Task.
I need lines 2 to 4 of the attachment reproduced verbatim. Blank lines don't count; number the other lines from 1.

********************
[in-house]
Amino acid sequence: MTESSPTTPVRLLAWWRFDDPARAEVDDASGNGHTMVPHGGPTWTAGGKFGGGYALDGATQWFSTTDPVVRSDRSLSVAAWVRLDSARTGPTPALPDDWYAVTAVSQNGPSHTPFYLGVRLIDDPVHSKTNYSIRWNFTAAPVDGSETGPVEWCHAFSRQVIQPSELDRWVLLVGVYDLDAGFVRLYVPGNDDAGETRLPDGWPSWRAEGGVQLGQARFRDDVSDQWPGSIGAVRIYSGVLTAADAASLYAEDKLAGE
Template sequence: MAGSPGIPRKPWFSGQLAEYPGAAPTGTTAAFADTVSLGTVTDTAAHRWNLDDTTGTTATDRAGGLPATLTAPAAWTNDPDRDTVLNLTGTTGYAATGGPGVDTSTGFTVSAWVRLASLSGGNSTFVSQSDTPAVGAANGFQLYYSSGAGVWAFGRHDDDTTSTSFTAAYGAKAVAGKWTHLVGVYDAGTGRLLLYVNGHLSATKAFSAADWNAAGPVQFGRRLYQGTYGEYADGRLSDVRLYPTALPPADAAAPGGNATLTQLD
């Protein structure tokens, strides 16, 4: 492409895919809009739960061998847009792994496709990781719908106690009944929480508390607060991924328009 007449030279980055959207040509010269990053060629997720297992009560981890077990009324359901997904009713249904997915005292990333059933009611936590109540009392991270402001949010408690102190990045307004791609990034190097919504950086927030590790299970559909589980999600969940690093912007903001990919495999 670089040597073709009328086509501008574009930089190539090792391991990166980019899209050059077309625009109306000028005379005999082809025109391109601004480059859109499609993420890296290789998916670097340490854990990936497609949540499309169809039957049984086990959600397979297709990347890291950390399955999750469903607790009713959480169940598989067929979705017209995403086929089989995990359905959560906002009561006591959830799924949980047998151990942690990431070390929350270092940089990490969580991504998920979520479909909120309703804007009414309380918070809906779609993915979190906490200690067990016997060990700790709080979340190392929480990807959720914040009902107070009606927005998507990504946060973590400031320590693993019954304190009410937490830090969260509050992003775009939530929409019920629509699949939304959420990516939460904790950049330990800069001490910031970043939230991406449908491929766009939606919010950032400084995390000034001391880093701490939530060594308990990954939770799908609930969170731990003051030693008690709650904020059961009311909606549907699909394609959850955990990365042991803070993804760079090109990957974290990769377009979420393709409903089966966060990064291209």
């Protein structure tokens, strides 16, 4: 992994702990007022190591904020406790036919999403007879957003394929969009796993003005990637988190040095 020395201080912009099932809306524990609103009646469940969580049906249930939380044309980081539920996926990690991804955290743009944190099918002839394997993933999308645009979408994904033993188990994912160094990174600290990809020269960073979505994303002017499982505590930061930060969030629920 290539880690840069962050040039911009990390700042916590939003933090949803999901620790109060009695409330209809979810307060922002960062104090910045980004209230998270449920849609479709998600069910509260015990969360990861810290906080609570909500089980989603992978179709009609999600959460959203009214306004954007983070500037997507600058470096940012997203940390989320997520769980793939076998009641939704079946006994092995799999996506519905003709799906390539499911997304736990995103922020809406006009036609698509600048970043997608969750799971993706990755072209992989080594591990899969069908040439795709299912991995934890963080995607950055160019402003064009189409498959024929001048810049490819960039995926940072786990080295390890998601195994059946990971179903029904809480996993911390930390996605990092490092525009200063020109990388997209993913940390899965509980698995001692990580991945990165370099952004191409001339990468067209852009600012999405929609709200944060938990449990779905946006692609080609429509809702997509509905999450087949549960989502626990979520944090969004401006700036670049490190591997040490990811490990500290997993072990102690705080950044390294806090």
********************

Amino acid sequence: MTESSPTTPVRLLAWWRFDDPARAEVDDASGNGHTMVPHGGPTWTAGGKFGGGYALDGATQWFSTTDPVVRSDRSLSVAAWVRLDSARTGPTPALPDDWYAVTAVSQNGPSHTPFYLGVRLIDDPVHSKTNYSIRWNFTAAPVDGSETGPVEWCHAFSRQVIQPSELDRWVLLVGVYDLDAGFVRLYVPGNDDAGETRLPDGWPSWRAEGGVQLGQARFRDDVSDQWPGSIGAVRIYSGVLTAADAASLYAEDKLAGE
Template sequence: MAGSPGIPRKPWFSGQLAEYPGAAPTGTTAAFADTVSLGTVTDTAAHRWNLDDTTGTTATDRAGGLPATLTAPAAWTNDPDRDTVLNLTGTTGYAATGGPGVDTSTGFTVSAWVRLASLSGGNSTFVSQSDTPAVGAANGFQLYYSSGAGVWAFGRHDDDTTSTSFTAAYGAKAVAGKWTHLVGVYDAGTGRLLLYVNGHLSATKAFSAADWNAAGPVQFGRRLYQGTYGEYADGRLSDVRLYPTALPPADAAAPGGNATLTQLD
């Protein structure tokens, strides 16, 4: 492409895919809009739960061998847009792994496709990781719908106690009944929480508390607060991924328009 007449030279980055959207040509010269990053060629997720297992009560981890077990009324359901997904009713249904997915005292990333059933009611936590109540009392991270402001949010408690102190990045307004791609990034190097919504950086927030590790299970559909589980999600969940690093912007903001990919495999 670089040597073709009328086509501008574009930089190539090792391991990166980019899209050059077309625009109306000028005379005999082809025109391109601004480059859109499609993420890296290789998916670097340490854990990936497609949540499309169809039957049984086990959600397979297709990347890291950390399955999750469903607790009713959480169940598989067929979705017209995403086929089989995990359905959560906002009561006591959830799924949980047998151990942690990431070390929350270092940089990490969580991504998920979520479909909120309703804007009414309380918070809906779609993915979190906490200690067990016997060990700790709080979340190392929480990807959720914040009902107070009606927005998507990504946060973590400031320590693993019954304190009410937490830090969260509050992003775009939530929409019920629509699949939304959420990516939460904790950049330990800069001490910031970043939230991406449908491929766009939606919010950032400084995390000034001391880093701490939530060594308990990954939770799908609930969170731990003051030693008690709650904020059961009311909606549907699909394609959850955990990365042991803070993804760079090109990957974290990769377009979420393709409903089966966060990064291209």